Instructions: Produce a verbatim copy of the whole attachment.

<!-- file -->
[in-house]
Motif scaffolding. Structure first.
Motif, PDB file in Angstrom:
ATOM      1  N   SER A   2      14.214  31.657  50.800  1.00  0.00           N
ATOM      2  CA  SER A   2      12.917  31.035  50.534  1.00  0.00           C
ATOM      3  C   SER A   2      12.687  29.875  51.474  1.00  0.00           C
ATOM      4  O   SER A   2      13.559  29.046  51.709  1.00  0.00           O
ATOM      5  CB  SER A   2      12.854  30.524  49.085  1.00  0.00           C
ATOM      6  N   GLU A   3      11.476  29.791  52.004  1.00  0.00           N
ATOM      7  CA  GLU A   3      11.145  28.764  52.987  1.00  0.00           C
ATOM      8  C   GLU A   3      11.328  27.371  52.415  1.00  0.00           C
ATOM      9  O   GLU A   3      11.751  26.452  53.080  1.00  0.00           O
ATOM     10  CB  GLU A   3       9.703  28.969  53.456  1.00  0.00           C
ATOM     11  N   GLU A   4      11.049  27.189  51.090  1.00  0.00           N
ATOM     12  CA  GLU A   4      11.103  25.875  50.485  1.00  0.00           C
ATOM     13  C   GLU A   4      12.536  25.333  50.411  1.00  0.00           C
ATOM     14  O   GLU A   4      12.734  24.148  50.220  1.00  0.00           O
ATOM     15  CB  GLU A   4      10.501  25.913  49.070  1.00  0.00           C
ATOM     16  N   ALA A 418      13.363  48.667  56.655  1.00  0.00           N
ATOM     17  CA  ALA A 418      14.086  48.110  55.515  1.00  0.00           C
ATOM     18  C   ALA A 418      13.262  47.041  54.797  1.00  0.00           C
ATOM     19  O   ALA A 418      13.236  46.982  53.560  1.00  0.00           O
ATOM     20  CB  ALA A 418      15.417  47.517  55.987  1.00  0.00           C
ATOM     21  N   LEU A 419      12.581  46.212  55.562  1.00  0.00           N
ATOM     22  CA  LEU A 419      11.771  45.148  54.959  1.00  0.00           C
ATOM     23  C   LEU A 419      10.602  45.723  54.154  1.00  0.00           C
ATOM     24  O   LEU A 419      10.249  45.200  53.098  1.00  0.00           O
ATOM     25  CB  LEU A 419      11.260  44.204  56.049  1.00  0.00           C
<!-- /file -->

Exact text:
[in-house]
Motif scaffolding. Structure first.
Motif, PDB file in Angstrom:
ATOM      1  N   SER A   2      14.214  31.657  50.800  1.00  0.00           N
ATOM      2  CA  SER A   2      12.917  31.035  50.534  1.00  0.00           C
ATOM      3  C   SER A   2      12.687  29.875  51.474  1.00  0.00           C
ATOM      4  O   SER A   2      13.559  29.046  51.709  1.00  0.00           O
ATOM      5  CB  SER A   2      12.854  30.524  49.085  1.00  0.00           C
ATOM      6  N   GLU A   3      11.476  29.791  52.004  1.00  0.00           N
ATOM      7  CA  GLU A   3      11.145  28.764  52.987  1.00  0.00           C
ATOM      8  C   GLU A   3      11.328  27.371  52.415  1.00  0.00           C
ATOM      9  O   GLU A   3      11.751  26.452  53.080  1.00  0.00           O
ATOM     10  CB  GLU A   3       9.703  28.969  53.456  1.00  0.00           C
ATOM     11  N   GLU A   4      11.049  27.189  51.090  1.00  0.00           N
ATOM     12  CA  GLU A   4      11.103  25.875  50.485  1.00  0.00           C
ATOM     13  C   GLU A   4      12.536  25.333  50.411  1.00  0.00           C
ATOM     14  O   GLU A   4      12.734  24.148  50.220  1.00  0.00           O
ATOM     15  CB  GLU A   4      10.501  25.913  49.070  1.00  0.00           C
ATOM     16  N   ALA A 418      13.363  48.667  56.655  1.00  0.00           N
ATOM     17  CA  ALA A 418      14.086  48.110  55.515  1.00  0.00           C
ATOM     18  C   ALA A 418      13.262  47.041  54.797  1.00  0.00           C
ATOM     19  O   ALA A 418      13.236  46.982  53.560  1.00  0.00           O
ATOM     20  CB  ALA A 418      15.417  47.517  55.987  1.00  0.00           C
ATOM     21  N   LEU A 419      12.581  46.212  55.562  1.00  0.00           N
ATOM     22  CA  LEU A 419      11.771  45.148  54.959  1.00  0.00           C
ATOM     23  C   LEU A 419      10.602  45.723  54.154  1.00  0.00           C
ATOM     24  O   LEU A 419      10.249  45.200  53.098  1.00  0.00           O
ATOM     25  CB  LEU A 419      11.260  44.204  56.049  1.00  0.00           C